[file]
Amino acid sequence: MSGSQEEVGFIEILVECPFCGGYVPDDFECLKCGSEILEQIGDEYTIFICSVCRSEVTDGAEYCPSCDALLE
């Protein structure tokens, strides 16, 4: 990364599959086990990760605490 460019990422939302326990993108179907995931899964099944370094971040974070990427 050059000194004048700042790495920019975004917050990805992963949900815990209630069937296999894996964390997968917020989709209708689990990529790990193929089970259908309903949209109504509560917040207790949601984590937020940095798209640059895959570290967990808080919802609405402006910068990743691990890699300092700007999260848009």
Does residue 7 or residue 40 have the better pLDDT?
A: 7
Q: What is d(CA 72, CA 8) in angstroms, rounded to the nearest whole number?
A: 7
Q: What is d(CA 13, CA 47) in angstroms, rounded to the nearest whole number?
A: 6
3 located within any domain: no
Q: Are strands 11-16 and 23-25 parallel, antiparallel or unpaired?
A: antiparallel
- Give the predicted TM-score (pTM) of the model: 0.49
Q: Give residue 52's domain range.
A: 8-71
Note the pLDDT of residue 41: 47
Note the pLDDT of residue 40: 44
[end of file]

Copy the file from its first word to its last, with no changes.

Amino acid sequence: MSGSQEEVGFIEILVECPFCGGYVPDDFECLKCGSEILEQIGDEYTIFICSVCRSEVTDGAEYCPSCDALLE
């Protein structure tokens, strides 16, 4: 990364599959086990990760605490 460019990422939302326990993108179907995931899964099944370094971040974070990427 050059000194004048700042790495920019975004917050990805992963949900815990209630069937296999894996964390997968917020989709209708689990990529790990193929089970259908309903949209109504509560917040207790949601984590937020940095798209640059895959570290967990808080919802609405402006910068990743691990890699300092700007999260848009």
Does residue 7 or residue 40 have the better pLDDT?
A: 7
Q: What is d(CA 72, CA 8) in angstroms, rounded to the nearest whole number?
A: 7
Q: What is d(CA 13, CA 47) in angstroms, rounded to the nearest whole number?
A: 6
3 located within any domain: no
Q: Are strands 11-16 and 23-25 parallel, antiparallel or unpaired?
A: antiparallel
- Give the predicted TM-score (pTM) of the model: 0.49
Q: Give residue 52's domain range.
A: 8-71
Note the pLDDT of residue 41: 47
Note the pLDDT of residue 40: 44